Second chance at life after ovarian cancer
When 52-year-old Ellen Mytnik noticed her ankles and feet had swollen after hosting a holiday party in December 2011, the Shorewood, Ill., substitute teacher chalked it up to overworking herself. But when she began to gain weight despite her hourlong evening walks with husband Donald, she knew something wasn’t right.
A CT scan showed a potentially cancerous mass growing in Mytnik’s abdomen. After further tests, Mytnik was diagnosed with ovarian cancer.
As part of her post-surgery treatment, Dr. Lowe recommended a groundbreaking therapy called intraperitoneal chemotherapy. This approach delivers chemotherapy both directly into the abdomen and intravenously.
In February 2012, during a four-hour surgery, Dr. Lowe and his team successfully removed a 25 cm tumor (nearly 10 inches). The procedure, called optimal cytoreductive surgery, removes all visible evidence of cancer from the abdomen at the time of surgery. This type of surgery is associated with the best survival outcomes when combined with aggressive postsurgical chemotherapy, says Dr. Lowe.
After the surgery, Mytnik, one of the first to be given intraperitoneal chemotherapy at Advocate Christ Medical Center in Oak Lawn, Ill., received six cycles of the new therapy.
Several recent studies have demonstrated improved survival rates as compared to intravenous chemotherapy alone. This approach has become the standard of care for most gynecologic oncologists in the United States, says Dr. Lowe, who has been providing this form of chemotherapy since 2005.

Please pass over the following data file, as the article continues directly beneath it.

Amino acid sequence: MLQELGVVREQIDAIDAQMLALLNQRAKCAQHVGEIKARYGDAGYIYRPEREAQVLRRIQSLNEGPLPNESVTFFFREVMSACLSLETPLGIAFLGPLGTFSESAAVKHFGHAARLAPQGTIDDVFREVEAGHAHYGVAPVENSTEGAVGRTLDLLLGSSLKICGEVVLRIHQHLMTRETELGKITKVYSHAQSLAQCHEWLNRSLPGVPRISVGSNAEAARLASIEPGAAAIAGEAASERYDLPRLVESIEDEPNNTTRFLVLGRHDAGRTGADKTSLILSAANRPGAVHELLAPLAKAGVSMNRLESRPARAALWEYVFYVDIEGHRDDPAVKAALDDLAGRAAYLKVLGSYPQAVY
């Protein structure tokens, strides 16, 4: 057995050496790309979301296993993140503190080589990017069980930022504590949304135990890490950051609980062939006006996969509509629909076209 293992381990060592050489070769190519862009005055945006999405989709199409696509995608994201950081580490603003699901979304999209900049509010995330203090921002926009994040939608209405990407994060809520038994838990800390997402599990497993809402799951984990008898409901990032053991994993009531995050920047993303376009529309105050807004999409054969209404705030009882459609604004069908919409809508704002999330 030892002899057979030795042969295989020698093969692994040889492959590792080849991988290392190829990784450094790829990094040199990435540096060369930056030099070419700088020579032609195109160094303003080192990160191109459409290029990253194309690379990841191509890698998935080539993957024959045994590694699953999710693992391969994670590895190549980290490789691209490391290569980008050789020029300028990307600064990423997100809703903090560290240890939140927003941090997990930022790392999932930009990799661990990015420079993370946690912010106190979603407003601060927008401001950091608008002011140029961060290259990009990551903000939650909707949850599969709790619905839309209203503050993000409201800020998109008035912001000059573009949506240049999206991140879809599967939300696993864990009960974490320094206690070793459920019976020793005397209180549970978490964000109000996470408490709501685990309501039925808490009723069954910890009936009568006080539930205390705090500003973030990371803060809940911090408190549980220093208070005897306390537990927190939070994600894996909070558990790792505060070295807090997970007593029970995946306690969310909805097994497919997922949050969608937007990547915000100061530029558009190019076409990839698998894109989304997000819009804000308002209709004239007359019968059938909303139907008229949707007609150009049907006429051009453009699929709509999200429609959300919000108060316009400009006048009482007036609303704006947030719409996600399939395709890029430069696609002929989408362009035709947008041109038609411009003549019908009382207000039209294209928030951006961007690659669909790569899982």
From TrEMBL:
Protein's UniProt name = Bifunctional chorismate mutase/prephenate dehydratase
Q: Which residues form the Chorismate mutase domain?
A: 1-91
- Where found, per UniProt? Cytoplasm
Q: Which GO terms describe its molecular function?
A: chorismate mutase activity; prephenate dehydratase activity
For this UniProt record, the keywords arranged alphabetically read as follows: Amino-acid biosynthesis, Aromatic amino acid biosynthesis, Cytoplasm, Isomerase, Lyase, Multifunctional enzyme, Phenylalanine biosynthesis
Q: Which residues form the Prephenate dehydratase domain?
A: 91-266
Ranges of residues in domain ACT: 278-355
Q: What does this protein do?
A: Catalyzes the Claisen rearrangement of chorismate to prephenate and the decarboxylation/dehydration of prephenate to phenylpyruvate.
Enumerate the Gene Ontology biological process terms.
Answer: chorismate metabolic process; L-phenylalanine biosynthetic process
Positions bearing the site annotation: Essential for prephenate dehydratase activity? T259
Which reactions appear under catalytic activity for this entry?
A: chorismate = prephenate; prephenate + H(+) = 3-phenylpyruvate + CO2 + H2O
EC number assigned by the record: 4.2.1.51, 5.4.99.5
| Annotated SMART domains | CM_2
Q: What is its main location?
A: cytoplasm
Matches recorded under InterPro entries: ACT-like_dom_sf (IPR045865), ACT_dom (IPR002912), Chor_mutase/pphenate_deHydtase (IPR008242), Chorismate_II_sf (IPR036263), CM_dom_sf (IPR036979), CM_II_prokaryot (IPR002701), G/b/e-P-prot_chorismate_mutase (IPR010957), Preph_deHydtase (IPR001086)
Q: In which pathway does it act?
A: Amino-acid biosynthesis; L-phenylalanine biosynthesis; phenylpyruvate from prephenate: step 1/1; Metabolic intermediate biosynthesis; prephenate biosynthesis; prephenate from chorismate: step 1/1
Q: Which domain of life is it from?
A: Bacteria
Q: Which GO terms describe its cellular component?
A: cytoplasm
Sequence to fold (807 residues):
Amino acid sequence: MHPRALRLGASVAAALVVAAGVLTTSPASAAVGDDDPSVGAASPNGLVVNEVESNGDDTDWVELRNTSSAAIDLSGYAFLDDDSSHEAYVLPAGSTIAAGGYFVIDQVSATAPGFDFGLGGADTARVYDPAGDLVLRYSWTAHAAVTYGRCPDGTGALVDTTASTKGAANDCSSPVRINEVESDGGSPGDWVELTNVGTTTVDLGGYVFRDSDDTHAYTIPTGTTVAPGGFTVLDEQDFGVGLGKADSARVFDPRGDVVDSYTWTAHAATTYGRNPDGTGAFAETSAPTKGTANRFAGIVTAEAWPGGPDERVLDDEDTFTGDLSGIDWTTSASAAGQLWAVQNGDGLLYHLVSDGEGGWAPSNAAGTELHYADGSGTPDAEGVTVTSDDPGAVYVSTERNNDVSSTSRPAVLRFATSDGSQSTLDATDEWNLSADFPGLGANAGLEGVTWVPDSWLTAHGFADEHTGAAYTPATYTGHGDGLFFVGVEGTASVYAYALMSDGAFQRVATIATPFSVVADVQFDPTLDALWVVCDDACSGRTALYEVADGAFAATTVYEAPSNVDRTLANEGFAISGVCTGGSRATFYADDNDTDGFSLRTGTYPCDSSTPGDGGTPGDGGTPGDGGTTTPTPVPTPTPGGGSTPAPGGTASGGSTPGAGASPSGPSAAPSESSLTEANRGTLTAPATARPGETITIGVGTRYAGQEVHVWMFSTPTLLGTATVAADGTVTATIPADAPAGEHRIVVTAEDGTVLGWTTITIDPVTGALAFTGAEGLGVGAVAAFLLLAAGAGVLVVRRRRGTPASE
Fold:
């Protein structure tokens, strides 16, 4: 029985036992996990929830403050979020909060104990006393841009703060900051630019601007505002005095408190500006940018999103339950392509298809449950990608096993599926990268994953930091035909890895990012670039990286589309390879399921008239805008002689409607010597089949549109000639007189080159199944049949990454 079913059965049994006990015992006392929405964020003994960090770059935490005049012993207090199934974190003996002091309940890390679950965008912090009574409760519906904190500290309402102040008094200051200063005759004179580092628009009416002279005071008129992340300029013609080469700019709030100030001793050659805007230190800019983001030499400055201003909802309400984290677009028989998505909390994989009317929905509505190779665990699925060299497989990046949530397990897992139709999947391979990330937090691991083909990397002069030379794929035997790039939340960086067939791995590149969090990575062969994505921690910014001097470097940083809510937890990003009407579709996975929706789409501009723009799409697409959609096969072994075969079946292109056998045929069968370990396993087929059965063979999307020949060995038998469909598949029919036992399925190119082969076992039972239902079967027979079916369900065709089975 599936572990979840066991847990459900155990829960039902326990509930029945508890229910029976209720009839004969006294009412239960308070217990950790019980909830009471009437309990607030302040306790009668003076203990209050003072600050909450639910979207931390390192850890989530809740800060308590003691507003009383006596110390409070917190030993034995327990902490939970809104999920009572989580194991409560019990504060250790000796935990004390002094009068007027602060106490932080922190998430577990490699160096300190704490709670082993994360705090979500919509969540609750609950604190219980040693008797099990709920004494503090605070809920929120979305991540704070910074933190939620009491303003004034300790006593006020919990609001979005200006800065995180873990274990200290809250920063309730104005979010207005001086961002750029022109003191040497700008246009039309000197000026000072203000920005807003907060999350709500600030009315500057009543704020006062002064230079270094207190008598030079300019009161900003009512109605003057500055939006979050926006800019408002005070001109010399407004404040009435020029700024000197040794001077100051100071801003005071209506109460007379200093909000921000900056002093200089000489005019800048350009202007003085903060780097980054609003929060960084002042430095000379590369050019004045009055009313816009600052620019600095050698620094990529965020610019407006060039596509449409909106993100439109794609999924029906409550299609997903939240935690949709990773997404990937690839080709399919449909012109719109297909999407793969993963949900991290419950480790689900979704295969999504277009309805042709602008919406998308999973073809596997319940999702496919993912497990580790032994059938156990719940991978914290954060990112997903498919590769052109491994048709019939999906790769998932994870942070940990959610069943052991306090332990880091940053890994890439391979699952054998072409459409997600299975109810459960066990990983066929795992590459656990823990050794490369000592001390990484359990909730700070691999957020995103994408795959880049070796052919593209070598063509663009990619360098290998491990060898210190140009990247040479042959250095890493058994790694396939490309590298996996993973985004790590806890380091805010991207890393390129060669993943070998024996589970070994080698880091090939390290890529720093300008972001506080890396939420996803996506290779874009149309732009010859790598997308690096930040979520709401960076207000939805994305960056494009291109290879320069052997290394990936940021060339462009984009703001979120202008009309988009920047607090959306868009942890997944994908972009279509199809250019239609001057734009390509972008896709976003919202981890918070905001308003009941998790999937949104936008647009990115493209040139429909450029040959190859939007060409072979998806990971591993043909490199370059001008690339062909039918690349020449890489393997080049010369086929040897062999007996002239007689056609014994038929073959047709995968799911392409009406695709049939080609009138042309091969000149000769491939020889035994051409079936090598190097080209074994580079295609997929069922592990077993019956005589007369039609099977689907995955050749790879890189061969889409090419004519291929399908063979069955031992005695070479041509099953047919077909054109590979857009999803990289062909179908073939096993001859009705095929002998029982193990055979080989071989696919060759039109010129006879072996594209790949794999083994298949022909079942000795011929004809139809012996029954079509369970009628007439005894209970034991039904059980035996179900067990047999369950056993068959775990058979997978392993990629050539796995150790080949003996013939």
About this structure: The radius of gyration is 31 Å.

Ovarian cancer is the fifth leading cause of cancer-related deaths in the United States, according to the American Cancer Society. Despite that sobering statistic, Dr. Lowe, who specializes in the management of ovarian and other gynecologic cancers at Advocate Christ Medical Center, says studies show that a majority of U.S. women do not receive treatment for ovarian cancer from a board-certified gynecologic oncologist or receive standard-of-care chemotherapy treatments after surgery, which has a negative impact on overall survival.
“An experienced team is required to treat these cancers,” says Dr. Lowe. “It’s a coordinated effort with the goal of performing the most appropriate surgery and providing state-of-the-art chemotherapy for each patient,” he explains.
Today, Mytnik is fully recovered, with no evidence of the disease and no long-term side effects of the surgery or chemotherapy, says Dr. Lowe. And she missed only three weeks as a substitute teacher in Minooka, Ill.
This past June, she attended Christ Medical Center’s annual cancer survivors’ luncheon for the second time with her family.
“To see this group of one-year to 30-year plus survivors reminds you that cancer is now a treatable and beatable disease,”Mytnik says. “I’m very glad I found a doctor and hospital I could trust and feel comfortable with.”
About the Author
health enews staff is a group of experienced writers from our Advocate Health Care and Aurora Health Care sites, which also includes freelance or intern writers.